KENDAL Mountain Rescue Team was called out 55 times during 2012 in what was the busiest year in its history.

The previous record was 52 incidents in 2004 with each of the intervening years seeing the team attend more than 40 call-outs.

But team leader Eddie Harrison said he wasn’t overly concerned at the rise, which he put down to a ‘significant broadening’ of the type of incidents it now deals with.

Over the past decade, volunteers have been involved in more swift water rescues and helping paramedics reach patients in bad weather.

“We are doing a lot more locally as opposed to hill stuff,” said Mr Harrison.

“We have always been to around 40 or 50 calls per year.

“Last year, we did dialysis work, getting people to hospital, and also social services, getting care workers out to the elderly last winter.

“We have helped the ambulance service who have had problems getting to a house and taken paramedics to homes, so there’s all the little extras that have mounted up that have probably made the slight difference.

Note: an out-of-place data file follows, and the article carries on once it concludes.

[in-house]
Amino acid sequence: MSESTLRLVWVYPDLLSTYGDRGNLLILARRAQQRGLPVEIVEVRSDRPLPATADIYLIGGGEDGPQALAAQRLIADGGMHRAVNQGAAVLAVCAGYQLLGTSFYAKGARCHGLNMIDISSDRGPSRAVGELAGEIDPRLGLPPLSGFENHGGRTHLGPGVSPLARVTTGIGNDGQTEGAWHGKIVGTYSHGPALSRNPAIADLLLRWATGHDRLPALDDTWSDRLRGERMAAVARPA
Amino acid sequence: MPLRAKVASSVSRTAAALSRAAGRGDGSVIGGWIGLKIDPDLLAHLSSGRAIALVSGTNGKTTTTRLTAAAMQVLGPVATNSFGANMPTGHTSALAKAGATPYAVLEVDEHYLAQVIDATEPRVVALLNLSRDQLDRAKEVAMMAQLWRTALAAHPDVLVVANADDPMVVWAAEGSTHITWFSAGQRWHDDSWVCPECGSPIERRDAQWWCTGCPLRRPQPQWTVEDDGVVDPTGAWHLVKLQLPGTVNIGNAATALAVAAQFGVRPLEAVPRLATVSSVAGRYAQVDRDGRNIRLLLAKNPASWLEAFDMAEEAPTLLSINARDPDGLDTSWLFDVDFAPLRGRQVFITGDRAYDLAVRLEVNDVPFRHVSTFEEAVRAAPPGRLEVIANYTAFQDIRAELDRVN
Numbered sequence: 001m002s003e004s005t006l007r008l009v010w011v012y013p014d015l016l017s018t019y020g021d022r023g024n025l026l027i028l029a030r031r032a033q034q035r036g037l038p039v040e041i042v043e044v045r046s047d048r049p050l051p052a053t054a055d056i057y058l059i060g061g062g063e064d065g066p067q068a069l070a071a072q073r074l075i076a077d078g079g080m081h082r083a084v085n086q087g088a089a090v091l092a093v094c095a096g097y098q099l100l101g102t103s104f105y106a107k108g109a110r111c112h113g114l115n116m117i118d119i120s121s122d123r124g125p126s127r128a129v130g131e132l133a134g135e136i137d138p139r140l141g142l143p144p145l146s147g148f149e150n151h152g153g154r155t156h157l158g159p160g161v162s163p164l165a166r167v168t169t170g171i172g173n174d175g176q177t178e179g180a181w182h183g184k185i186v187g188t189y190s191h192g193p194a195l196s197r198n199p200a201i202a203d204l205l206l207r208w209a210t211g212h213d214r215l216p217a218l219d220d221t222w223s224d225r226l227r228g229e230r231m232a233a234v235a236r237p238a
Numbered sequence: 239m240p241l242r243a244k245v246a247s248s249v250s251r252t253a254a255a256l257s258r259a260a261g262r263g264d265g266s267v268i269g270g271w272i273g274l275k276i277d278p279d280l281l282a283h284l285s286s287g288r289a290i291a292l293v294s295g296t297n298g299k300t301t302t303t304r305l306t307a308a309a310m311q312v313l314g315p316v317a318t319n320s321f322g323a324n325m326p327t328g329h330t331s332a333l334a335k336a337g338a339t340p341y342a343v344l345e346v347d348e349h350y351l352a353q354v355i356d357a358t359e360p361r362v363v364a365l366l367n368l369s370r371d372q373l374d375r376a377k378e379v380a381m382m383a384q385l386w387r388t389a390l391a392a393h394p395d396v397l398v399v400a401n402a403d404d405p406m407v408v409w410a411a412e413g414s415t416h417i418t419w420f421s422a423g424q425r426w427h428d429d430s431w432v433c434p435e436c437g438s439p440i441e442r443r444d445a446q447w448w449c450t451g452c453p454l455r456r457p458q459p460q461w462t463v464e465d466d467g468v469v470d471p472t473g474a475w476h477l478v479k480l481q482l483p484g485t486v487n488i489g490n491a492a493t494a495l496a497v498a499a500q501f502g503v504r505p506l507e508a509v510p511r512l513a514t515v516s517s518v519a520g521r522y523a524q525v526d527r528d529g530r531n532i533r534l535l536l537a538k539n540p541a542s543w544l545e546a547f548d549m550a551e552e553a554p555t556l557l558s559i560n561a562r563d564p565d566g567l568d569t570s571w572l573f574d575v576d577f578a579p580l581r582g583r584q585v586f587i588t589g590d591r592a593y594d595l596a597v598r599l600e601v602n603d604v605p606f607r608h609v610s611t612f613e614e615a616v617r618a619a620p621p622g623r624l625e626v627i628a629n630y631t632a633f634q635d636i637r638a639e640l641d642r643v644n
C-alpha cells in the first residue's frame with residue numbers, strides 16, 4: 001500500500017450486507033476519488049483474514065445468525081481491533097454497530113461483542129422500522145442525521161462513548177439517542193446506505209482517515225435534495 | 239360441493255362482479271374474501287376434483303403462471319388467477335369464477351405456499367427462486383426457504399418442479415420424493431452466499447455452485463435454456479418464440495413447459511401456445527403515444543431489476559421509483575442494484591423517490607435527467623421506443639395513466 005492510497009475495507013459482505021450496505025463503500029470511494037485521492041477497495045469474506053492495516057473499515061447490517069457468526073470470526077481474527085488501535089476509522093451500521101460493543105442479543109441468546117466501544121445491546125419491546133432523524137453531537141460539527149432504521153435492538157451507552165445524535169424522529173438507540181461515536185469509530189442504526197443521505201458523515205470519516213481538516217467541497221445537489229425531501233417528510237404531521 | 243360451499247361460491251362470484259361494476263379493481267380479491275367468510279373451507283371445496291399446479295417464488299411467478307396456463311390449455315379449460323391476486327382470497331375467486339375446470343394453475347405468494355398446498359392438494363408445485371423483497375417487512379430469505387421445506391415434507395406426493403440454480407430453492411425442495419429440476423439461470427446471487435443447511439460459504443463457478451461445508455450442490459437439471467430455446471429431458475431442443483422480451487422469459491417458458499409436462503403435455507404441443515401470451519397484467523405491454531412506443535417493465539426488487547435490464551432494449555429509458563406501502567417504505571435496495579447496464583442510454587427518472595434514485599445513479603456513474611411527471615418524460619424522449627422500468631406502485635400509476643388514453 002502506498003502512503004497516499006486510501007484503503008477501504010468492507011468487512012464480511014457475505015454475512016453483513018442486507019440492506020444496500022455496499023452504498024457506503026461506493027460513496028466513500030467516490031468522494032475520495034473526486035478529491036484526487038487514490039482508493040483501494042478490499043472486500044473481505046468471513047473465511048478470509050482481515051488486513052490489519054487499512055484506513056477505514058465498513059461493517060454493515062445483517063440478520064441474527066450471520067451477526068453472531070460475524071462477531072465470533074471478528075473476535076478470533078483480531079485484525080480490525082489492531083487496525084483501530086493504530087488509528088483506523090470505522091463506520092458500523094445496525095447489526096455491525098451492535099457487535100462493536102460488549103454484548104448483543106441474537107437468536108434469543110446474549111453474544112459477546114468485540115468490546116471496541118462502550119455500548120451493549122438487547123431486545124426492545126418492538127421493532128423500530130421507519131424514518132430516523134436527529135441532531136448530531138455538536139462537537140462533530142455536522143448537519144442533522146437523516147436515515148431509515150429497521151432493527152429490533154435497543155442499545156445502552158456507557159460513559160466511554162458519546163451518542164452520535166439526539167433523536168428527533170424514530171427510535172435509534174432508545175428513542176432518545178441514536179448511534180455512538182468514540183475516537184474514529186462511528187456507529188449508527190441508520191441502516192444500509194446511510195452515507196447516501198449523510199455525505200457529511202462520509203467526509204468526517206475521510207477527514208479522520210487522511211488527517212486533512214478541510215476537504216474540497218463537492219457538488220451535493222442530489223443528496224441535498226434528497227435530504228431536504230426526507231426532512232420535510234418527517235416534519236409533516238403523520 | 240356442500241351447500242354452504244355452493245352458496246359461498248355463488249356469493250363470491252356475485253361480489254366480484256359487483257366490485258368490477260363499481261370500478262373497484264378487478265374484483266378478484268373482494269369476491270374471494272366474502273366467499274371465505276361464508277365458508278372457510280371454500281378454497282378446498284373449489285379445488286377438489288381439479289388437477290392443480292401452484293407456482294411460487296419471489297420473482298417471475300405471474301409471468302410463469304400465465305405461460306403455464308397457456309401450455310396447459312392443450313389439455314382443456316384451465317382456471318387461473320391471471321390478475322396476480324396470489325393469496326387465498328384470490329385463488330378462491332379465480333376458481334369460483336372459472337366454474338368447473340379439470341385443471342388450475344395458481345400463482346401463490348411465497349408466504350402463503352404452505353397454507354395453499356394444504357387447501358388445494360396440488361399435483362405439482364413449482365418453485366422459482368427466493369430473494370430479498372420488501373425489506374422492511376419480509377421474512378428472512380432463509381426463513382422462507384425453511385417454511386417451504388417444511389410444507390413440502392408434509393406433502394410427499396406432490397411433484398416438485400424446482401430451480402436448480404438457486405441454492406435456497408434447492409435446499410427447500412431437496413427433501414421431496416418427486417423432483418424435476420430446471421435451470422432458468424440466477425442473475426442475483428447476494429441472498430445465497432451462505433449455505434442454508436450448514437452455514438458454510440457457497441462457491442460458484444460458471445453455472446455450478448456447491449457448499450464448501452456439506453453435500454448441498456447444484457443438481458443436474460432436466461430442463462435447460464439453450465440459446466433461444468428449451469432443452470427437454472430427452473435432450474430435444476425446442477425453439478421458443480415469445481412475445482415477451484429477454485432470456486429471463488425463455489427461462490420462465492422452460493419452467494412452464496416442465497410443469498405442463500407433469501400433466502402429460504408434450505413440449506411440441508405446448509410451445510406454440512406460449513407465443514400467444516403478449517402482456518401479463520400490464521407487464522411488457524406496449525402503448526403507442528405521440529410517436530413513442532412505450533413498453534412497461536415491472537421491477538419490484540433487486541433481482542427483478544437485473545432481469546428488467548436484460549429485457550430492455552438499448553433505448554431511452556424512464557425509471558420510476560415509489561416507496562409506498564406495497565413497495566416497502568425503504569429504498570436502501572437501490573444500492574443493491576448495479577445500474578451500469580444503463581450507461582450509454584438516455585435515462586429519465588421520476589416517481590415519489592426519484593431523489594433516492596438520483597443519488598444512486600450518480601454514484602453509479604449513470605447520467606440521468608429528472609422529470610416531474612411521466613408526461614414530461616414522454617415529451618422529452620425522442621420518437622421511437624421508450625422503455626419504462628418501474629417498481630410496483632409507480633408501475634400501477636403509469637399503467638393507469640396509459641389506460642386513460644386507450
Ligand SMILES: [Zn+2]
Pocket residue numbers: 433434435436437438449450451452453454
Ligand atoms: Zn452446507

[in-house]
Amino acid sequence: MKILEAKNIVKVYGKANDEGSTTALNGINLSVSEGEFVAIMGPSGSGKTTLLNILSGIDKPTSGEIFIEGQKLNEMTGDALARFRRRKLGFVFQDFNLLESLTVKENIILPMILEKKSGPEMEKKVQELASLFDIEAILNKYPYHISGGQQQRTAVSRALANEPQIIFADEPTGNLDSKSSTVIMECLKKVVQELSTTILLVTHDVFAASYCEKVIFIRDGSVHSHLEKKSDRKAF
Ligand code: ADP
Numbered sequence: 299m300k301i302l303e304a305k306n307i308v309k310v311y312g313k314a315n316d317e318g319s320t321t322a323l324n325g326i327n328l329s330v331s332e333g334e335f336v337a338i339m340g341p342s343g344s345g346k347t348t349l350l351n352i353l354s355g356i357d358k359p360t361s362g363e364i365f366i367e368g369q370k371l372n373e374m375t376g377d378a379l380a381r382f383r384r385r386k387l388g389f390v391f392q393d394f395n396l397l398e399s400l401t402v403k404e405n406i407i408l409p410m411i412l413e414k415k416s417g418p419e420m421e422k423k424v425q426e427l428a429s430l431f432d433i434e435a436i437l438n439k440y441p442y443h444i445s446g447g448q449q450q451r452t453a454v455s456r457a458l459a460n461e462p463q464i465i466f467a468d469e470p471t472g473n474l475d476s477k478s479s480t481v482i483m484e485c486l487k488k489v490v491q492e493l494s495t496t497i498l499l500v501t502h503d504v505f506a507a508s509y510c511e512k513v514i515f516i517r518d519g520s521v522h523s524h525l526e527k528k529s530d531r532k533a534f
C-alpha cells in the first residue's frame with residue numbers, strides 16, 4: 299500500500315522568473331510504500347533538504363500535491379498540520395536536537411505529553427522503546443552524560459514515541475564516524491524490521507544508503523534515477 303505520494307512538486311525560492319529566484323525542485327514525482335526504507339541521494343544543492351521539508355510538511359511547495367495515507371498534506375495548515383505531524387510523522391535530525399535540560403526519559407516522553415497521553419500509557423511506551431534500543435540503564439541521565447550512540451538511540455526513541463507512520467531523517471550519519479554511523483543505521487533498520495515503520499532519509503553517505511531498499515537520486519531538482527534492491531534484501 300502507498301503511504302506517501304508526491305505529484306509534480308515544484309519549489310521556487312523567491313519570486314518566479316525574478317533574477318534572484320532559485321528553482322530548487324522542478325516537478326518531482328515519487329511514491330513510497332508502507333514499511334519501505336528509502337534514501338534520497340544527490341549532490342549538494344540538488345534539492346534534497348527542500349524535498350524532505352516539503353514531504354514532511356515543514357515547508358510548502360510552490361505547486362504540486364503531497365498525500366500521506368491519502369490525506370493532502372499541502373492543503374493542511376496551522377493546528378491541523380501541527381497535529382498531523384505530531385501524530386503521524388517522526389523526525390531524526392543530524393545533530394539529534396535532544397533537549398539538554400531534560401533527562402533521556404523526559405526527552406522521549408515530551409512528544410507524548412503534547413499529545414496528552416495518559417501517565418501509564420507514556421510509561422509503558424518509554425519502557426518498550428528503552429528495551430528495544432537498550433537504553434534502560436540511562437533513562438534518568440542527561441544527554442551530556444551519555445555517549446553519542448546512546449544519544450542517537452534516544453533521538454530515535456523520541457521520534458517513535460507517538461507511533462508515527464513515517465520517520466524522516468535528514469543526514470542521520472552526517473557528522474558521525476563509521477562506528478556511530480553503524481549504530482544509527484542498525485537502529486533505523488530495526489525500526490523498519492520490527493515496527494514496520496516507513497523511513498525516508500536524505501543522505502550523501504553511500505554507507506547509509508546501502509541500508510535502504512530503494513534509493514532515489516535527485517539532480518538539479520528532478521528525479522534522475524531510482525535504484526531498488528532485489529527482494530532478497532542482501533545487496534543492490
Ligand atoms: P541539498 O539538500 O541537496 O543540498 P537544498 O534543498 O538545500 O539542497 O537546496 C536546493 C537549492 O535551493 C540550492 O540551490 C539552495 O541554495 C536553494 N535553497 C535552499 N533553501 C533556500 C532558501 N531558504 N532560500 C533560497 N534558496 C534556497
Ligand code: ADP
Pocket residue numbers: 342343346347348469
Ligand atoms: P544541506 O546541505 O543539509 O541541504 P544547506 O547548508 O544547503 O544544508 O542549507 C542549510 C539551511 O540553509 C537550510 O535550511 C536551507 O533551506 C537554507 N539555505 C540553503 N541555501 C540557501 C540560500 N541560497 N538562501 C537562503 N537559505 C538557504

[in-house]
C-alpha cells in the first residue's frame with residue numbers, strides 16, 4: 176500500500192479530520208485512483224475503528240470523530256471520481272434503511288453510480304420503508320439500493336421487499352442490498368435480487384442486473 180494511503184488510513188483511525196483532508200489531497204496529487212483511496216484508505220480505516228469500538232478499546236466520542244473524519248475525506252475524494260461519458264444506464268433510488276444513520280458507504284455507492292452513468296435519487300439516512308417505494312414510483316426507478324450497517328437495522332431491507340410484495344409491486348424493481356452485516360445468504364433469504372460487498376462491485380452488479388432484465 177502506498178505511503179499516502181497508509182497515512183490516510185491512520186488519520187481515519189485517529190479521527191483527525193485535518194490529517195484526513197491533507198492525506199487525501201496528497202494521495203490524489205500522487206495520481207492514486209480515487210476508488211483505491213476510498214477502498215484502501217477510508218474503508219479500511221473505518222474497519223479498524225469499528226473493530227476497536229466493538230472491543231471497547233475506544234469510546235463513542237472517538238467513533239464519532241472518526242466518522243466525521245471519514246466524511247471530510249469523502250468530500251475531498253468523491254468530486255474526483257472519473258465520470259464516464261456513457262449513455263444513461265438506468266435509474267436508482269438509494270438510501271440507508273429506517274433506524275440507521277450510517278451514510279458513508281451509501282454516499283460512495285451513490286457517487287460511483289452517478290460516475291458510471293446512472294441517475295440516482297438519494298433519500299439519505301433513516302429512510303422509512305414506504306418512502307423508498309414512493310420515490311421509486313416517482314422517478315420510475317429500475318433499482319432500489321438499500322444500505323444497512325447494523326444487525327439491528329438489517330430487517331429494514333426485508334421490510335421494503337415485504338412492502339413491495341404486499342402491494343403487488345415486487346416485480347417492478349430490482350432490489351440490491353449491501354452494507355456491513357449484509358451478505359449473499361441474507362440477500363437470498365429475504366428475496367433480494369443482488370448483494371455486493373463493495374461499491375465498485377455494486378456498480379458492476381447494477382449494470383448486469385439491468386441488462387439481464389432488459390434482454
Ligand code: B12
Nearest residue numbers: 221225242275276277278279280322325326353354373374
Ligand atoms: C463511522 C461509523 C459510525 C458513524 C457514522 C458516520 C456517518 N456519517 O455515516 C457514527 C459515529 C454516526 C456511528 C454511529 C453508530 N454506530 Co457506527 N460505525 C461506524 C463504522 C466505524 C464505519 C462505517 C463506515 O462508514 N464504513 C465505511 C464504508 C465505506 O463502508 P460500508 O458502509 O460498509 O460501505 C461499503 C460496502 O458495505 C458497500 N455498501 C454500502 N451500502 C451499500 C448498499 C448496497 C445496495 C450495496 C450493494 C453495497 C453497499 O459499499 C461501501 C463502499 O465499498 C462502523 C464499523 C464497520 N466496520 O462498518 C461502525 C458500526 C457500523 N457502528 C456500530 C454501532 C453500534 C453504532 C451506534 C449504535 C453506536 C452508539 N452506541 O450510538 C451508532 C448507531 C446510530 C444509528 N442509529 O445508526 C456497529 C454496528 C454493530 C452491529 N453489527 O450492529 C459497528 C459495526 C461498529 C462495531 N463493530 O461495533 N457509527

“Many years ago, we wouldn’t even think about doing water rescues but with the amount of rain we’re getting there’s the possibility that we’re going to get involved in water rescues of some sort. We’re ready to help anybody.

“We are fortunate in that we (Kendal) don’t get the majority of hill incidents.

“We encourage people to go out and enjoy themselves but to go out with the right equipment, the right torch and the right knowledge.”

Mr Harrison added that he did not expect the number of call-outs to change significantly in 2013.

Kendal Mountain Rescue Team was founded in 1953 by a group of local enthusiasts who were spurred on by the deaths of 15 hillwalkers in incidents around Easter 1952.

Early conditions for the team were basic with no base, no vehicles and no kit, but with less than 10 call-outs per year.